Arrow-right Camera
Subscribe now
Gonzaga Basketball

John Blanchette: With perfection out of the picture, Gonzaga focused on building best team for March

PHOENIX – What, you thought they were going to go 40-0?

No, nobody – not even Gonzaga’s well-indulged constituency – is that unrealistic, having been derailed at 29-0 just a couple years ago.

Yet surely it wouldn’t have been too presumptuous to think the Bulldogs might guard the only guy who’d made a field goal in the last 3 1/2 minutes, right?

Some expectations aren’t too high.

But such are the lessons learned in a long college basketball season, and if they manage to end up 39-1, well, the Zags can kick themselves later – though they may have been kicking themselves more than a little bit on the flight home after their 76-73 loss to Tennessee on Sunday in the first Jerry Colangelo Classic at Talking Stick Resort Arena.

On Monday, they’ll wake up as something other than the No. 1 team in America.

Dressed up as such for two weeks, they’d have a right to feel a little naked. But, hey, these are only costumes anyway, and borrowed at that. At least until March.

“We don’t care about that at all,” insisted Gonzaga swingman Corey Kispert. “There’s only been one team ever to go perfect in a college basketball season and the chances of that are slim.”

Well, eight, actually – all decades before he was born. But his larger point stands.

This kind of thing is hard.

And the Zags made it even harder – on purpose.

To challenge a gifted and driven team, coach Mark Few carved out a 31-day stretch that would take the Bulldogs from Lahaina Harbor to Tobacco Road and test them against three Top 15 teams, some other established brands and a regional rival on the come. Then fate took two aces out of the Bulldogs’ deck, just to screw with the odds.

“But this stretch of games is something we’ve been looking forward to since May,” Kispert said.

And, in fact, the Zags dealt with it – if not always gracefully – until about six minutes remained in Sunday’s game.

Now, closure issues have nipped at the Bulldogs all season. They led by 10 against Illinois before surviving in the final minute. Against Duke, what was a 13-point lead had to be rescued with four remarkable defensive stops in the last 60 seconds. And Rui Hachimura’s last-second heroics were needed to turn back Washington.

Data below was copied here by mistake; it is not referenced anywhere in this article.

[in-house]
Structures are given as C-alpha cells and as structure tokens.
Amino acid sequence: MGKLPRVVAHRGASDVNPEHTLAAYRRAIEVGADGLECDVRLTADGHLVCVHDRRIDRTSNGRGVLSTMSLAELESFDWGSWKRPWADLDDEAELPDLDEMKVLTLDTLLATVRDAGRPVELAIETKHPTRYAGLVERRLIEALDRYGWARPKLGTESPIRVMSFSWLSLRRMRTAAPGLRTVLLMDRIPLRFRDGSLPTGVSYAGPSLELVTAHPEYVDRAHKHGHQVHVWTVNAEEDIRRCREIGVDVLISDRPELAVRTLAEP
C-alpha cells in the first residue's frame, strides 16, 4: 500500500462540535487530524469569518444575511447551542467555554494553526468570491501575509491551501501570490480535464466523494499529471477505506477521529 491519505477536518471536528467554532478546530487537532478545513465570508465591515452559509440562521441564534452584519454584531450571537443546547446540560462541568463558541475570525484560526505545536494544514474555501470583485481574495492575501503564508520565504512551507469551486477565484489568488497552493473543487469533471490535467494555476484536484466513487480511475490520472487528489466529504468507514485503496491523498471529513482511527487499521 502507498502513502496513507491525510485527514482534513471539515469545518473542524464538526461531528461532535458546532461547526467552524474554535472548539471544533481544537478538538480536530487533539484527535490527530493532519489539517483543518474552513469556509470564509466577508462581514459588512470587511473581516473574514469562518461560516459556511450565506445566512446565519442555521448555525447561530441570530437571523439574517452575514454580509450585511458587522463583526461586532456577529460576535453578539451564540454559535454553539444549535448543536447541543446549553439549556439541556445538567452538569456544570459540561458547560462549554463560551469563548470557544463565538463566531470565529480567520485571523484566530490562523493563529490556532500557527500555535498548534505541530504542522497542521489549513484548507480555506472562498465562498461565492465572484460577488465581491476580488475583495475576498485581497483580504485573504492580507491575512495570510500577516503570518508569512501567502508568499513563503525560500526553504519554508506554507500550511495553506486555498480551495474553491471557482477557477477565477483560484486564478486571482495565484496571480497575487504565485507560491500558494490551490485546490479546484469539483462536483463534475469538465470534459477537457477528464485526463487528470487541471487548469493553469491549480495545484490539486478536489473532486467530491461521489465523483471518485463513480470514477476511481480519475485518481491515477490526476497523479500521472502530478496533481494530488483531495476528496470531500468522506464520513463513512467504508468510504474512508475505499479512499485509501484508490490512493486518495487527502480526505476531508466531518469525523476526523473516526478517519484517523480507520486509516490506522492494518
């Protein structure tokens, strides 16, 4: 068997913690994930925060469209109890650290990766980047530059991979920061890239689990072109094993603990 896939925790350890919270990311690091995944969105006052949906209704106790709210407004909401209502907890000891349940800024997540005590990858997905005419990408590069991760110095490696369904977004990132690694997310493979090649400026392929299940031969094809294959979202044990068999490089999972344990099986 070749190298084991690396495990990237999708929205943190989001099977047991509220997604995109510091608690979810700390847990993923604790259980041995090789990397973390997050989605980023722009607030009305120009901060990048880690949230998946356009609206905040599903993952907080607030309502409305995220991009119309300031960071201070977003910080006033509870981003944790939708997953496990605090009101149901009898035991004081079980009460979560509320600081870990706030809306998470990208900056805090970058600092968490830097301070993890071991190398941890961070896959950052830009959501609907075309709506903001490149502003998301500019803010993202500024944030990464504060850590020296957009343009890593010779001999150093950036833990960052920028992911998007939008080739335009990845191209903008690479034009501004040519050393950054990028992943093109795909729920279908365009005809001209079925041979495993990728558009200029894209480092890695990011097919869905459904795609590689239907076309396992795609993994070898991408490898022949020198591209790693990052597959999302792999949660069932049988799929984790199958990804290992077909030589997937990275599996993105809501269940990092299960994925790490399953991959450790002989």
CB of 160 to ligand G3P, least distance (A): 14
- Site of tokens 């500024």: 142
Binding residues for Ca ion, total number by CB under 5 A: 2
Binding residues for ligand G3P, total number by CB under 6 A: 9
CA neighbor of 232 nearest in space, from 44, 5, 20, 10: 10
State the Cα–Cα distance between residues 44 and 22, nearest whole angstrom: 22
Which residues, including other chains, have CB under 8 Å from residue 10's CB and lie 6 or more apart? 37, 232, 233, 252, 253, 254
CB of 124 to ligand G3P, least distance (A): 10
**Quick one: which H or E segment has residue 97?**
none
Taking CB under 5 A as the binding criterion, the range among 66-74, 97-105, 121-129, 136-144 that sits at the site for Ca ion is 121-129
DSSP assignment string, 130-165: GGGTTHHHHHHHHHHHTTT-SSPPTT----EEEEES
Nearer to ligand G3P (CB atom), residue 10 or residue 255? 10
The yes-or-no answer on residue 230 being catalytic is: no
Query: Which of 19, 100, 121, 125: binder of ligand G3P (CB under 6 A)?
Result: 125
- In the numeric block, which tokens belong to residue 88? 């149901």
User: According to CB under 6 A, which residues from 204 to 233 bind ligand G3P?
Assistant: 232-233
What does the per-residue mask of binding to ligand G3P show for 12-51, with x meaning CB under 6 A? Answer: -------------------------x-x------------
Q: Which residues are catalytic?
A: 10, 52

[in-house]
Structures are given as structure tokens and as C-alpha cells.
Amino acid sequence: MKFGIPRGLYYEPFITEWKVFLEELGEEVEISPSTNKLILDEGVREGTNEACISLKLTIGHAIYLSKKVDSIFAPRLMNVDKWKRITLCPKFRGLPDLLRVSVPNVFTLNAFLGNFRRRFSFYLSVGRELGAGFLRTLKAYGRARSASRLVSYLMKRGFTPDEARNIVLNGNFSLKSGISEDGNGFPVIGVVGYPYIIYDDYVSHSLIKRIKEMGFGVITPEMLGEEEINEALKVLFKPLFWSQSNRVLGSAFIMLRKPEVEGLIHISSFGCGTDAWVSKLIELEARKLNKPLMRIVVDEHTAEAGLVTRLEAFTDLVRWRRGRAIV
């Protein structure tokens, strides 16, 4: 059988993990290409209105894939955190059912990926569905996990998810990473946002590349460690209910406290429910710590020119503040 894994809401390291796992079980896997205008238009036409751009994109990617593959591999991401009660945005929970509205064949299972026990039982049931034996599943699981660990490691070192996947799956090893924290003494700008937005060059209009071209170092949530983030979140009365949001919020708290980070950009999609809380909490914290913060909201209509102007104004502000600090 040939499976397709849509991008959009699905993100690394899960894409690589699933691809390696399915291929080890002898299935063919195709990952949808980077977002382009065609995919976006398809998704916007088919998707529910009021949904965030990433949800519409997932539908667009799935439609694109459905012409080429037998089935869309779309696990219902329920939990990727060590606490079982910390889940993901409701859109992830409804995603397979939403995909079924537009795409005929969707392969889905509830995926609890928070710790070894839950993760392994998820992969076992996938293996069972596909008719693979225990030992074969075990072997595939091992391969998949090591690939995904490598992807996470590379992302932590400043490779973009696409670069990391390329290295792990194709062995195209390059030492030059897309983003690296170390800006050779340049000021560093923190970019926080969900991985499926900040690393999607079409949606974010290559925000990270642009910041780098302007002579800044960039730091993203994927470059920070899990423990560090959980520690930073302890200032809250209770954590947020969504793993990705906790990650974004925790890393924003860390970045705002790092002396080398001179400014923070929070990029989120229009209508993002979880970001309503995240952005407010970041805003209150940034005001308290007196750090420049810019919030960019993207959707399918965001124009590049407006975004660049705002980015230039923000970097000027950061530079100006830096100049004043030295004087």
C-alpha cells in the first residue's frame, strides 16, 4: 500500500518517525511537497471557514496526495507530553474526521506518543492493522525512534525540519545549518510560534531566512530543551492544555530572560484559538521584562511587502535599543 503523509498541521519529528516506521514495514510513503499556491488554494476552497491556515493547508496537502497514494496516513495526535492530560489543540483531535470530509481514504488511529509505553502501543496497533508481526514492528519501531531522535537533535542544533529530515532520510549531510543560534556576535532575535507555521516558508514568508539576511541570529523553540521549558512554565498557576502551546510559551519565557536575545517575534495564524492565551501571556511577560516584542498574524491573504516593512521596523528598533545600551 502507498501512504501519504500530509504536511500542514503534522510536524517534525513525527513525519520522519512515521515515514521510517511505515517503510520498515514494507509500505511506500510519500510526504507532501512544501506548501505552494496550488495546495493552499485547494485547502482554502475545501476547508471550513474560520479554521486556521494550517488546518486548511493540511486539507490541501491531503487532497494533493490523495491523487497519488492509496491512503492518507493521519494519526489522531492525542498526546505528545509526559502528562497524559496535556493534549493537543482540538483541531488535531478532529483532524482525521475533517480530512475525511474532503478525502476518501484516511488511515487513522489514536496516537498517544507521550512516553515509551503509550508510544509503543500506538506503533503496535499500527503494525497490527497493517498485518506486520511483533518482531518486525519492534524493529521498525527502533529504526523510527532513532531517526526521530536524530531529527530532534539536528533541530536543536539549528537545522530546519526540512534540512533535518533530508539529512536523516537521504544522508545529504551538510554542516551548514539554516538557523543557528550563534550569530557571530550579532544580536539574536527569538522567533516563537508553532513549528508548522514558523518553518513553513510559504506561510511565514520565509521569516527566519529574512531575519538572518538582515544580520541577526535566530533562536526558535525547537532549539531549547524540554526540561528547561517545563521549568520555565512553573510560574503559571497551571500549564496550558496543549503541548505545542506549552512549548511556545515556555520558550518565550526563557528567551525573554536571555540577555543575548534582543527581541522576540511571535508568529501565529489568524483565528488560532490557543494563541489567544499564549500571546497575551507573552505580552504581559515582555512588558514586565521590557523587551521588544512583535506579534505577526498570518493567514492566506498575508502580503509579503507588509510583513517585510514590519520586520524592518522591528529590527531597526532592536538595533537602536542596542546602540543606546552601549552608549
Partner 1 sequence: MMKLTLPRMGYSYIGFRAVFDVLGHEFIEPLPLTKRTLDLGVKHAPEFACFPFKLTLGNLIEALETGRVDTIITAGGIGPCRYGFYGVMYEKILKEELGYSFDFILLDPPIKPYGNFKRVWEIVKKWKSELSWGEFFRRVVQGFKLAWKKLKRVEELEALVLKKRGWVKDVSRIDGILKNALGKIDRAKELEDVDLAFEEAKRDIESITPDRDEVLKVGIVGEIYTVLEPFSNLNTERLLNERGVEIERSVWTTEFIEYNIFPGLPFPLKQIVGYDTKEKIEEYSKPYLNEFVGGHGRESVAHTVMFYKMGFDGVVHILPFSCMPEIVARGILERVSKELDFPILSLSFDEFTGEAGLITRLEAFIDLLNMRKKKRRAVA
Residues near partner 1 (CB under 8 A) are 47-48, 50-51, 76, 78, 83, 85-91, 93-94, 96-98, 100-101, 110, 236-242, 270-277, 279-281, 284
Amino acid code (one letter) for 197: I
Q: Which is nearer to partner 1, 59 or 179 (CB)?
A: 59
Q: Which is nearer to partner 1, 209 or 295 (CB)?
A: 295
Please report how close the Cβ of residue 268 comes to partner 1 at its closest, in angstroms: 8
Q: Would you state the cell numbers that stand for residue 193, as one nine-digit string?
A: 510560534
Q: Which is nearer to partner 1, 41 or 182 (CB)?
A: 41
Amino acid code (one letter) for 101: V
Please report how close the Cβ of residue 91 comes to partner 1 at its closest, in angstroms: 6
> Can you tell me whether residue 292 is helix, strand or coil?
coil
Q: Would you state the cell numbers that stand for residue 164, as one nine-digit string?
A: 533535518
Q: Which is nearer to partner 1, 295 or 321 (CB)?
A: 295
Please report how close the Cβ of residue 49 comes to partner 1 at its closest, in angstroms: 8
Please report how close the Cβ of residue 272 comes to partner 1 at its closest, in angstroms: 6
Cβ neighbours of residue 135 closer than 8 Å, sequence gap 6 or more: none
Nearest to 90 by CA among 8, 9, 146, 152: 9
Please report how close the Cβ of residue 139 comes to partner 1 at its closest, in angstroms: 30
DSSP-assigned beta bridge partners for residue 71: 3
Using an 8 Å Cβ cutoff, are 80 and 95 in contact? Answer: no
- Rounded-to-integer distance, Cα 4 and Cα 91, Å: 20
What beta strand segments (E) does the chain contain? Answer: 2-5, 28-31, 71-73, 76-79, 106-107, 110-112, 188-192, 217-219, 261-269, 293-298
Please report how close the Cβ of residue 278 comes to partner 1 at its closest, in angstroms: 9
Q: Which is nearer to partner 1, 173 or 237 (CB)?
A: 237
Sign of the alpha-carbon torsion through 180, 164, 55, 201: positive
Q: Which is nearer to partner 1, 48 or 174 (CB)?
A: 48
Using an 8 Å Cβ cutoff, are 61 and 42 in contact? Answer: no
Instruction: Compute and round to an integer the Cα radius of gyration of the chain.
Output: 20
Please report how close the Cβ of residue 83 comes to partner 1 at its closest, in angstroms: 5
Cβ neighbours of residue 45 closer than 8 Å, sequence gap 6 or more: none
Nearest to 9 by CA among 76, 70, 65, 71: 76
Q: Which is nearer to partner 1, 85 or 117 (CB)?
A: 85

On this day, however, they had no answer for Tennessee’s Admiral Schofield, who scored 25 of his 30 points after halftime – and 23 of the Vols’ last 33.

“I was the one hitting the shots today,” Schofield said, “but honestly, any guy on our team could be in that position.”

Except nobody else seemed to want to try.

Until Jordan Bowden threw in a couple of 3-pointers after the Zags went up 64-55 with six minutes to play, it was all Admiral, all the time. Destiny jumped on his shoulders along with his teammates when he banked in a 3 – his fifth – to give the Vols a 73-71 lead with 77 seconds left. So with the game tied, it surprised no one that Schofield would wind up with the ball.

The surprising part was that both Hachimura and Josh Perkins tracked point guard Jordan Bone after Schofield set a pick, leaving him nearly 10 feet clear for a pass and a shot from behind the NBA 3-point line.

The seventh-ranked Vols have learned some lessons of their own against a not-quite-Zaggish schedule – except Schofield found his revelation in a football game.

“I remember us playing against Kansas and coach (Rick Barnes) saying we played with too much emotion,” Schofield said. “I didn’t understand until I watched the Georgia-Alabama football game and Georgia came out with a lot of emotion and couldn’t finish. To me, it just looked like everything they had going, offense and defense, was all emotion – and Alabama stayed poised.”

Poise has not been the Bulldogs’ friend of late. Maybe it’s a product of playing in too many emotion-laden games – in Maui, at Creighton, against UW. Maybe it’s fatigue from a rotation abridged by the injuries to Killian Tillie and Geno Crandall. But the breakdowns on both ends were obvious against the Vols, who made eight of their last 10 shots to Gonzaga’s two of nine.

“It’s not so much the No. 1 or the undefeated (season),” said Gonzaga guard Zach Norvell Jr. “It’s losing, period – a game like that, when you give the lead away and you make a couple of bonehead mistakes as a team.”

One more big test remains, Saturday at North Carolina.

“But this stretch has helped us discover how good we are and can be,” Kispert said, “and we’re not even a full team yet, which I think gets lost. And we’re really looking forward to that.”

Since they were never looking to go 40-0 anyway.